The Manufacturing Circle Investment Tracker (MCIT) for the first quarter of this year shows there has been investment into the manufacturing sector in the past 15 months, but that investment is declining.
Presenting key findings of the MCIT, in Centurion, on Tuesday, Manufacturing Circle executive director Philippa Rodseth noted that manufacturing companies expect investment to remain stable in the next quarter.
The composite index tracks investment trends in the manufacturing sector, focusing on actual expenditure patterns.
The sample size for the first quarter was smaller than usual and the majority of respondents, who have operations mainly in Gauteng, were in the iron and steel, nonferrous metal products, metal products and machinery and packaging sectors.
“Our members noted that cost savings and cutbacks in investment and capital expenditure have characterised the recent past. Where there has been investment, it has been for small projects, minor upgrades and required maintenance.
“Increases in salaries, wages and training have been in line with inflation rather than owing to greater investment or growth in [staff] complement,” Rodseth said.
According to the MCIT, the contraction in investment in the first quarter was mainly driven by a decrease in expenditure on the maintenance of existing plant and equipment and investment in new property, indicating a general cutback.
Expansion of existing property or buying new buildings remained fairly constant around the neutral 50-point mark, while spend on maintenance and replacement has been restricted to small projects.
Year-on-year expenditure on new plant and equipment remained above the 50-point mark in the first quarter of this year, but decreased by one index point year-on-year.
Expenditure on the maintenance of existing plant and equipment decreased by 15 index points from 70 points in the first quarter of 2017 to 55 points in the first quarter of this year.
“Some companies noted that they have restricted expenditure to small upgrades rather than any major capital improvement,” Rodseth said.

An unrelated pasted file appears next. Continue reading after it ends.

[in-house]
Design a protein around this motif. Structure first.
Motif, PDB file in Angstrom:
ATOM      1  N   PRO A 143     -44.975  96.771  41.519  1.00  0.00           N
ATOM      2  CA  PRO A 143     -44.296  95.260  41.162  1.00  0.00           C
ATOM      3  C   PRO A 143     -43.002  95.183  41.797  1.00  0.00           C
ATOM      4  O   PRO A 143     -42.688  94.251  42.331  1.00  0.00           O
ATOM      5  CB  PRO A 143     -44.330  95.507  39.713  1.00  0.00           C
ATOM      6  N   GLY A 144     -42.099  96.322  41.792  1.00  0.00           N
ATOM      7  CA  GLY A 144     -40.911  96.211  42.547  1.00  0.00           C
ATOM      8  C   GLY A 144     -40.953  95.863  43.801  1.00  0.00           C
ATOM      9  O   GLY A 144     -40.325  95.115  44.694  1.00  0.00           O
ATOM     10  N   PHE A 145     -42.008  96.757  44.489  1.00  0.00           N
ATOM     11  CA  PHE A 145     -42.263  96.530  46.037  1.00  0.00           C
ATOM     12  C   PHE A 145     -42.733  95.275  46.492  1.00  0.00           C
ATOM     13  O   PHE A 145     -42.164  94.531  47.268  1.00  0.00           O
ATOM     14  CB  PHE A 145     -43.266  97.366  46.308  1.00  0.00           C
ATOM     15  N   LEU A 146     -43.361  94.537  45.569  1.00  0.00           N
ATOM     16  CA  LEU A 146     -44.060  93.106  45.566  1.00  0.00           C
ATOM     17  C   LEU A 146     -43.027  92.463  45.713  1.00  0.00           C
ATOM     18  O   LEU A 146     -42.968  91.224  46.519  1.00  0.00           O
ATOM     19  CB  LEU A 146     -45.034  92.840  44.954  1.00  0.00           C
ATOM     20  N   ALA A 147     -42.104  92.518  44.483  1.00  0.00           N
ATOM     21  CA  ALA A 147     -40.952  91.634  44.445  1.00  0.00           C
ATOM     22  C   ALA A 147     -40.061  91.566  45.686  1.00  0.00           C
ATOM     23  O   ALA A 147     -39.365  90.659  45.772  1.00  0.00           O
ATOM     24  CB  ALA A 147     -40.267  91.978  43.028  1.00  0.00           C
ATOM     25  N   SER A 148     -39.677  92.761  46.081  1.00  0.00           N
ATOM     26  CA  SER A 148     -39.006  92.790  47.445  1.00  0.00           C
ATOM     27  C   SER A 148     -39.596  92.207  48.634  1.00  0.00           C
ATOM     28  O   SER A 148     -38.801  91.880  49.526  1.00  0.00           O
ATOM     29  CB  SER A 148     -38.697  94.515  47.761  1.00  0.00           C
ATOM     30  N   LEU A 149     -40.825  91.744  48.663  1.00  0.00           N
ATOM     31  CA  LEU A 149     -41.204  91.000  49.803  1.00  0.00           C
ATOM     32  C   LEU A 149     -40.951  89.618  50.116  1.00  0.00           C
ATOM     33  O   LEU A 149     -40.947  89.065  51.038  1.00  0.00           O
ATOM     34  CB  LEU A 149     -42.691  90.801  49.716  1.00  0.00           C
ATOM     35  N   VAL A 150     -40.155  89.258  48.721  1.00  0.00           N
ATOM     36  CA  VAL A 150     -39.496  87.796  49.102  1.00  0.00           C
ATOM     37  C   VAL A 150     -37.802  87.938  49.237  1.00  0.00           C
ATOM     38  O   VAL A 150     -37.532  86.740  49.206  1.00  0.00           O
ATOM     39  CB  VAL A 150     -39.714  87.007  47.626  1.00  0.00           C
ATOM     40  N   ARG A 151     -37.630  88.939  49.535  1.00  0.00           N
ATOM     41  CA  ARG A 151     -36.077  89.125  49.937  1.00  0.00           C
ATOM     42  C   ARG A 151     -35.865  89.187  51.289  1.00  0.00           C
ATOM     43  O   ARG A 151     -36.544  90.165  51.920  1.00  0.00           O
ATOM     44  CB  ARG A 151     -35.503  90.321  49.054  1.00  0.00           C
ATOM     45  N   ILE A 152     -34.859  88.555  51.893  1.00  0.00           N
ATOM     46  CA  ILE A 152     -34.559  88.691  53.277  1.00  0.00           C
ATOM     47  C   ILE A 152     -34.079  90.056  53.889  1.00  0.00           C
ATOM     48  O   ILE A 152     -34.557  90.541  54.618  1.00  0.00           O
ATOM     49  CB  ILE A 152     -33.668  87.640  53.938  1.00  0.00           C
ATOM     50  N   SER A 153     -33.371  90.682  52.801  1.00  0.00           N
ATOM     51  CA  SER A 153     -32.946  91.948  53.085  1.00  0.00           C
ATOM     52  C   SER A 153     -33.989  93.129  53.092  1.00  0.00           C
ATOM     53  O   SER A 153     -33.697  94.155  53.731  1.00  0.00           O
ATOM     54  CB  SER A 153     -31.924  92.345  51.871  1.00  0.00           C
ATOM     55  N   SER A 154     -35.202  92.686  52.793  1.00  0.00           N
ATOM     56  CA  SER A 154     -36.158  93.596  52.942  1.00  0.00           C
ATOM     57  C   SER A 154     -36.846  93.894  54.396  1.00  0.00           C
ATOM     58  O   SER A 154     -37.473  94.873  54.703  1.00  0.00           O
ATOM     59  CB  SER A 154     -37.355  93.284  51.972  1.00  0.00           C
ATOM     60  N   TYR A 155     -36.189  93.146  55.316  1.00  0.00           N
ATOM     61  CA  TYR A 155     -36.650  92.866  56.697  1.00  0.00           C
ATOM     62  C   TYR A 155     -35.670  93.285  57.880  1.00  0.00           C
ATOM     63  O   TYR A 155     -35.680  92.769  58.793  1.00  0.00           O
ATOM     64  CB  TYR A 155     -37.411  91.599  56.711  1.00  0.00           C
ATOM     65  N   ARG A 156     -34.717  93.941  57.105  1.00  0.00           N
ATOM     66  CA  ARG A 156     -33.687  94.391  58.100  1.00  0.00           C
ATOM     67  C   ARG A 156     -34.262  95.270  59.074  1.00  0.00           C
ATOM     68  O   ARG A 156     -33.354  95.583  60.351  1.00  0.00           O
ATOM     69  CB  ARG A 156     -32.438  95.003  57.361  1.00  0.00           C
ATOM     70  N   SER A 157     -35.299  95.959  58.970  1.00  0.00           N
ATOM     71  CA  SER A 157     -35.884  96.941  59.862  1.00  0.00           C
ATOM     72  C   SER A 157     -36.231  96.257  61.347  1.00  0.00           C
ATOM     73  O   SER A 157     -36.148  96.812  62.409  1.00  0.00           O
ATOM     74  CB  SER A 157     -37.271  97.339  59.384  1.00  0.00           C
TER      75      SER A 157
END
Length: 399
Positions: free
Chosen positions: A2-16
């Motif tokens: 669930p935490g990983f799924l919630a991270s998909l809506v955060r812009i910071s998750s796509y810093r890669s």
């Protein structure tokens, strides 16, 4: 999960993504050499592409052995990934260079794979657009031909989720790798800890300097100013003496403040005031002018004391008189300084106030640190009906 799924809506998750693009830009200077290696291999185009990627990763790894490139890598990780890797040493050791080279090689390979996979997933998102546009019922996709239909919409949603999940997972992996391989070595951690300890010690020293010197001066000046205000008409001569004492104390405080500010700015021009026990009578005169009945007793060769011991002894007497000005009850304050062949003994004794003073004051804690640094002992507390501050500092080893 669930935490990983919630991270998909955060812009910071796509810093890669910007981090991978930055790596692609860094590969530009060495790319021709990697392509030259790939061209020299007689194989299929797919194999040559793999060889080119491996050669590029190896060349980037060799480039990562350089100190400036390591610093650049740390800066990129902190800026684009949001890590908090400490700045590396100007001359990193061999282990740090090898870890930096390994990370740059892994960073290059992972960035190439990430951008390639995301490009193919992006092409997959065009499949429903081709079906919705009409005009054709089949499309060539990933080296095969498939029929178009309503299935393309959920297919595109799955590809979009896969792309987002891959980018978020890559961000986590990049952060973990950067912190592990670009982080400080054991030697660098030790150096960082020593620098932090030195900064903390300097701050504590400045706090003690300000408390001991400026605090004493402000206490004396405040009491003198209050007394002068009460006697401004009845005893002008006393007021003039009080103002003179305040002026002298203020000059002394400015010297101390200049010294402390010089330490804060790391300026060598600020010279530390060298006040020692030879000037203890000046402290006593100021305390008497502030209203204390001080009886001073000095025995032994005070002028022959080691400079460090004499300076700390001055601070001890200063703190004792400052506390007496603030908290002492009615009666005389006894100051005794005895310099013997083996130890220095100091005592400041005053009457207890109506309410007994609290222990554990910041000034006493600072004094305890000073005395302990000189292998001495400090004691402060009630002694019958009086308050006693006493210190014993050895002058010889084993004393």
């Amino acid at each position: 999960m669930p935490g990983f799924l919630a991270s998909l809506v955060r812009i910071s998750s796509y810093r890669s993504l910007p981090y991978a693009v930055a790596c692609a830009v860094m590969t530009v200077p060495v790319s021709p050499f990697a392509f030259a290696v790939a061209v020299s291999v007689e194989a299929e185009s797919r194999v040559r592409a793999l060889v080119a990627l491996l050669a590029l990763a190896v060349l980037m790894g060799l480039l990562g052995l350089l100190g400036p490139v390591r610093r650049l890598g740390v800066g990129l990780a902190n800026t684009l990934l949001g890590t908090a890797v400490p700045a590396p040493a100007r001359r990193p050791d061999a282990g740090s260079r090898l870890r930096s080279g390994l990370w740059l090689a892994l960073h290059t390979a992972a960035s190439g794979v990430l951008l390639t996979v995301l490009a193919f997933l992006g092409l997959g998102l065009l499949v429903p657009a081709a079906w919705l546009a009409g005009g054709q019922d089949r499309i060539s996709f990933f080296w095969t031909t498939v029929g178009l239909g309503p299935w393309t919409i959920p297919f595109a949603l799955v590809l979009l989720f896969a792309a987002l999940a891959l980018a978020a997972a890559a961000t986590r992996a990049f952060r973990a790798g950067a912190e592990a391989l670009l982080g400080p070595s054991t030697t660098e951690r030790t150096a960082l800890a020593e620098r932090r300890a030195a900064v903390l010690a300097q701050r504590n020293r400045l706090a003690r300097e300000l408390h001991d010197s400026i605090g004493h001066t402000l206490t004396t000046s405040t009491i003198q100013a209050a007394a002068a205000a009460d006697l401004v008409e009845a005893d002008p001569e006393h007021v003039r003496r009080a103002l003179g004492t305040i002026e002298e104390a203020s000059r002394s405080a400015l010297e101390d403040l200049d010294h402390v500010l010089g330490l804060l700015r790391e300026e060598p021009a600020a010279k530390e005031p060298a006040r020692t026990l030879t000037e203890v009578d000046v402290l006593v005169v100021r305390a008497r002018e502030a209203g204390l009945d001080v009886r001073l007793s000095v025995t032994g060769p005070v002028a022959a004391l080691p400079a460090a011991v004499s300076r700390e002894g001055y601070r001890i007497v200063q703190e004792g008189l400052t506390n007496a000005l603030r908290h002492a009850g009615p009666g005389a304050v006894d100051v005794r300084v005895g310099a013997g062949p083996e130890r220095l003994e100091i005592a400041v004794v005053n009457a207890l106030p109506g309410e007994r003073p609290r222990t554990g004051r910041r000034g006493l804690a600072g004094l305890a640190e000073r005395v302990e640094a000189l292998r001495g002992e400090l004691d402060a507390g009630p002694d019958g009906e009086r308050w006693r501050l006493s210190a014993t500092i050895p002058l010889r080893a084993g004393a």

Expenditure on inventory mainly followed customer demand and remained above the 50-point neutral mark for the period from the first quarter of last year to the current quarter.
Owing to higher demand between the fourth quarter of 2017 and the first quarter of this year, inventory expenditure rose from 46 to 60.
The MCIT pointed out that manufacturers were anticipating a decrease in inventories in the second quarter.
“While not all respondents are involved in research and development, those that are have continued to have fairly low but constant expenditure in this area. Second-quarter forecasts indicate that firms expect a ten-index point increase in this area,” Rodseth noted.
Human capital was divided into two categories, namely expenditure on salaries and wages and expenditure on training and development.
The results showed that both areas had consistently been above the 50-point level for the past five quarters, as companies maintained their investment in talent, but it dropped slightly compared with the first quarter of 2017.
Expenditure on salaries and wages decreased by four points to 58 in the period under review, compared with 62 in the same period last year.
Rodseth pointed out that a year-on-year decrease of five index points in expenditure on training and development was observed, while the increase in investment on training and development in the first quarter of this year was an indication of new enrolments.
Manufacturers will increase expenditure on salaries and wages, in line with inflation, in the second quarter, and are intent on maintaining their expenditure on training and development at similar levels to the current quarter, the MCIT shows.
“We are encouraged that forecasts for the second quarter are not showing a decline and that optimism is evident. We hope that 2018 will show improvements in investments across the board,” Rodseth noted.